Three Degrees of Separation

Good Morning, everyone! My name is Kim Scott and I am a high school French teacher at St. Stephen’s and St. Agnes School and also a care team member for Emmanuel’s refugee support ministry. As an educator, I am so fortunate in that I can teach my students French, and also have the opportunity every day to teach them how important it is to care for everyone. I live and grow in my Episcopal school’s mission as well as in Emmanuel’s mission, where we are asked to “worship and serve God so that all people may experience and grow in God’s love, acceptance and grace”.

Today’s service is about celebrating our neighbors and community. Here at Emmanuel, I am so blessed to be part of an extremely strong church community of caring, empathetic, generous, and faithful believers. Our church has so many passionate people in our midst who care deeply, empathize deeply, listen, support, advocate, and rally to bring hope and optimism and a sense of belonging to those in need. 

I imagine that many of you, like me, can recall a special time when you witnessed someone, or you were that someone, being a good ‘neighbor’ to a person in need. Maybe it was helping someone get to a doctor’s appointment, or making a warm meal for someone sick, or just listening to someone who needed to talk. No matter how big or small the good deed, we have all seen how people can care so genuinely for others who are struggling.

Today, I’d like to share a special story from this past spring that exemplifies the goodness that comes from loving thy neighbor; and how EASY it is to help people feel seen, heard and cared for. This story also proves how powerful our interconnectedness truly is. Some people say there are six degrees of separation, but I honestly think it is more like three degrees of separation, especially when we get involved in community outreach and have a chance to meet and learn about our neighbors.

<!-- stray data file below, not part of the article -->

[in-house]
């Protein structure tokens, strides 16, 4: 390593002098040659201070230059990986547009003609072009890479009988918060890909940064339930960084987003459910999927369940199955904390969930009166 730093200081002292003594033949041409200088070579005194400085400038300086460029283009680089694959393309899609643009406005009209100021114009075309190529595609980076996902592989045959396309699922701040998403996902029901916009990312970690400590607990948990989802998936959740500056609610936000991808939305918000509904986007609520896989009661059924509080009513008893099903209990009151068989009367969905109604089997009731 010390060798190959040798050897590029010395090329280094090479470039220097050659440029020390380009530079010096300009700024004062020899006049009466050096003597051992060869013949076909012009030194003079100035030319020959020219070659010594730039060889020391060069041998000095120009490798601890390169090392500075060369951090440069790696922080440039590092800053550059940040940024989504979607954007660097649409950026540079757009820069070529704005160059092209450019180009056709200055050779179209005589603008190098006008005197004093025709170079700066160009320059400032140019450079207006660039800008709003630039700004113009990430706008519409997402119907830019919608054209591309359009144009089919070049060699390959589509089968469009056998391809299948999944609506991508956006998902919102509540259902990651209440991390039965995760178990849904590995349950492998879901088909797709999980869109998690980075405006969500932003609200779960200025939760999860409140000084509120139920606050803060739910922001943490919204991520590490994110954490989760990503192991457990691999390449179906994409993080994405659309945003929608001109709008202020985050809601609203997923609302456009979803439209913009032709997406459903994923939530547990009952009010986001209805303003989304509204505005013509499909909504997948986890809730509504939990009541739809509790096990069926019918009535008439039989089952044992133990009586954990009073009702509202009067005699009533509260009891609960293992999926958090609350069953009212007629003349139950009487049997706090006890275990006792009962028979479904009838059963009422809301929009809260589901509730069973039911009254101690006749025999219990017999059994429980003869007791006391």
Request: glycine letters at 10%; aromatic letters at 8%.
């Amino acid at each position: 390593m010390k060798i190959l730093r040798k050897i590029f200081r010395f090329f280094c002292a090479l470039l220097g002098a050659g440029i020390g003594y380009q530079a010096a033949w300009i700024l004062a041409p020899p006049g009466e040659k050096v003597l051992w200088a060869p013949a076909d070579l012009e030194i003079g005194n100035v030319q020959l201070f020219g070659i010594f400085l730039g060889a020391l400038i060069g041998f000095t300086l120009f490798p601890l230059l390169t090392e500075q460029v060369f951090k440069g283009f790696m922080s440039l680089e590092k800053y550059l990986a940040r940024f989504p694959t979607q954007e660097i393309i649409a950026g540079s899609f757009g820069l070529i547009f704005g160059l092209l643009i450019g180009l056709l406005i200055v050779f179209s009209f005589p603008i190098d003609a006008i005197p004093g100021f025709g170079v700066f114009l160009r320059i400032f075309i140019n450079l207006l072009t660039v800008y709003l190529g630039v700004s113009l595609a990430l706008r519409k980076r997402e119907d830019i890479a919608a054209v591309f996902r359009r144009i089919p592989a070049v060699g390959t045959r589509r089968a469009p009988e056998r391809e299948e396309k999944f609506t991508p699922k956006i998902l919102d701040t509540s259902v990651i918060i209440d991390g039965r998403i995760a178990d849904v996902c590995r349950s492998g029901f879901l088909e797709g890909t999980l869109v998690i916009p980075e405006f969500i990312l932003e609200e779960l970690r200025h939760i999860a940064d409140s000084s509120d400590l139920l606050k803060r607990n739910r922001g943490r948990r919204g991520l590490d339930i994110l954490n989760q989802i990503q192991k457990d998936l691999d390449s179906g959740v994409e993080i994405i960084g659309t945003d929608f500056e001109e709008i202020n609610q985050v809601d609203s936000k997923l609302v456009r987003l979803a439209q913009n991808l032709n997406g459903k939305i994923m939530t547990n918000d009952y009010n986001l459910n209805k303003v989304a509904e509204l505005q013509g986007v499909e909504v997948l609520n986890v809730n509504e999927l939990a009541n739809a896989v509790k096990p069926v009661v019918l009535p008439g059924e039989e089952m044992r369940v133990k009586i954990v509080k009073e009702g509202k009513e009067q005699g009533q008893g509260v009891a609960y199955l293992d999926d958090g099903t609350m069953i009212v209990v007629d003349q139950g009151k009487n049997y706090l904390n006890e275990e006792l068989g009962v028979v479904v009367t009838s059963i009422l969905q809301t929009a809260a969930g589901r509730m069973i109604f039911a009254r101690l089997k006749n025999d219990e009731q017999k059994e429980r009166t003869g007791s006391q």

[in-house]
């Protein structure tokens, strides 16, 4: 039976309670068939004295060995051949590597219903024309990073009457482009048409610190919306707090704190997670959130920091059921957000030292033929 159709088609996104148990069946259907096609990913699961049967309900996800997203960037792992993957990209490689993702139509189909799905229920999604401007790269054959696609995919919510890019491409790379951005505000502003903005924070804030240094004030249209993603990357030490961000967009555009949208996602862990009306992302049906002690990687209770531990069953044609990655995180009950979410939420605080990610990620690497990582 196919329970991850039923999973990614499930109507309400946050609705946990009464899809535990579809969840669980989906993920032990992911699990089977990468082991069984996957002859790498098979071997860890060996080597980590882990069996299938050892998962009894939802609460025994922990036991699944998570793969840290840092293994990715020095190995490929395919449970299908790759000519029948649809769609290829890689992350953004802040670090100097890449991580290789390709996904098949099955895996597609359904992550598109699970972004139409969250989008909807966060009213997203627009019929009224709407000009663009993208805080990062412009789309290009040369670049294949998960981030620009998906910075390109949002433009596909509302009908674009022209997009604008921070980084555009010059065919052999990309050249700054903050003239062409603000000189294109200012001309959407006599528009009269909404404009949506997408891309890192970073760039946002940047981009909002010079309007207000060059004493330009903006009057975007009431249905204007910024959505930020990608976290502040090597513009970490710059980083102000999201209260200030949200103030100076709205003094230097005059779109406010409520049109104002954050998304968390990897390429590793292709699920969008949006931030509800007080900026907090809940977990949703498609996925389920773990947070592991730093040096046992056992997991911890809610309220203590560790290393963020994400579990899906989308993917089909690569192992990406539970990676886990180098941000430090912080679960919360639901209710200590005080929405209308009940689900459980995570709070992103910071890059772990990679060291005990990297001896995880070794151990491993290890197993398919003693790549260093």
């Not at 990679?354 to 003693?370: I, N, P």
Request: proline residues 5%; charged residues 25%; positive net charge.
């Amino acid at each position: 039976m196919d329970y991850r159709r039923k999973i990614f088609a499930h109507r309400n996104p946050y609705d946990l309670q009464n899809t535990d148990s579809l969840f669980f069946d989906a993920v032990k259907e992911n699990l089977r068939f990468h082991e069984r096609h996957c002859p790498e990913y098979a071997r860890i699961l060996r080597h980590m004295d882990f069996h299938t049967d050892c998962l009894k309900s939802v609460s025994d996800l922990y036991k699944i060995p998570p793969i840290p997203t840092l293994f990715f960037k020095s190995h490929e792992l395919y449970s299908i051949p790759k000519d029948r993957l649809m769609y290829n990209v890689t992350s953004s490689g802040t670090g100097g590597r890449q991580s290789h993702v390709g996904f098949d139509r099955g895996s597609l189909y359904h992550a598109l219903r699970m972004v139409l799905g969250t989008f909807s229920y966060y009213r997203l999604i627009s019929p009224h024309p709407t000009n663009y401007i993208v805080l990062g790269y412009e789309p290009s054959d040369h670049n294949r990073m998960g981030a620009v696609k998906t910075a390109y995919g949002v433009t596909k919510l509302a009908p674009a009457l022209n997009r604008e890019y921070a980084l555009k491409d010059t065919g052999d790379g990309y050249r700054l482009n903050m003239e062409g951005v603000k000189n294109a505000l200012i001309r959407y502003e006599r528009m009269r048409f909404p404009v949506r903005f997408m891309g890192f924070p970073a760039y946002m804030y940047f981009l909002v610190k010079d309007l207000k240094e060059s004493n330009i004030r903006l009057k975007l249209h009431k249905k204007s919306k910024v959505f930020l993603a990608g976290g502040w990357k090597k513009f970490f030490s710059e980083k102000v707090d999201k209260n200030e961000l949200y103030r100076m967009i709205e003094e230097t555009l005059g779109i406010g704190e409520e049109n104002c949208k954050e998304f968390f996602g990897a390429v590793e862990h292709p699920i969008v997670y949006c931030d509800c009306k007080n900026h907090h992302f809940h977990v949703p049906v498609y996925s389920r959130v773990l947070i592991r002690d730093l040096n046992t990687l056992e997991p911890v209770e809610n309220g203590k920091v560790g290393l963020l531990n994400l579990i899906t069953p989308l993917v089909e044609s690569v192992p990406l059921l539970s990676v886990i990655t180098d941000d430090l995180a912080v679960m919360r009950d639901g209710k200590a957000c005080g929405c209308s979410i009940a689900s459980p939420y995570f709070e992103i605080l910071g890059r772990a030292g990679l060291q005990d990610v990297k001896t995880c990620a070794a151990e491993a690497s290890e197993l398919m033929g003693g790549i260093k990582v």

This past April, on a Saturday afternoon, I was home on my back porch when I got a call from a former student of mine, Dev. I had taught Dev French in 9th and 10th grade and he was now a senior. He had also been one of my French camp assistants so that is how he had my phone number. I said, “Hi Dev! What is going on?” In a panicked tone, he was in a Chipotle restaurant with a young refugee woman who spoke little English. Dev said, “I can’t understand what she is saying, Madame. I think she needs money, but I don’t have any, so I bought her some food here at Chipotle”. 

Apparently, she had asked Dev if he spoke any Spanish, and he said, “No, I know a little French”. And she started to talk to him in fluent French which surprised him, and not having taken French his senior year, he was feeling a bit rusty and needed help with the translation. So, he called me. “She was talking so fast, Madame. Can you please tell me what she is saying?” So, Dev put the woman on the phone and I learned that she was struggling to support her sister and mother. Her only source of income was cleaning dishes and getting paid ‘under the table’ at a nearby restaurant because she did not yet have her work visa. She needed some money to pay her electric bill. 

I asked her if she knew of Melanie Gray, Director of Outreach and Mission at Christ Church. She said, “No.” So I told her that she would need to contact Ms. Melanie Gray and that I would text Dev her contact information. She thanked me and then gave the phone back to Dev. 

Dev asked,”Is she okay? I don’t know what to do to help her.” I said, “Dev, you were great. You did the right thing by offering her a meal and by calling someone you knew.”  I told him her story and that I would text him immediately Ms. Melanie Gray’s contact information. He said he understood and that his phone was about to run out of battery, so we quickly got off the phone.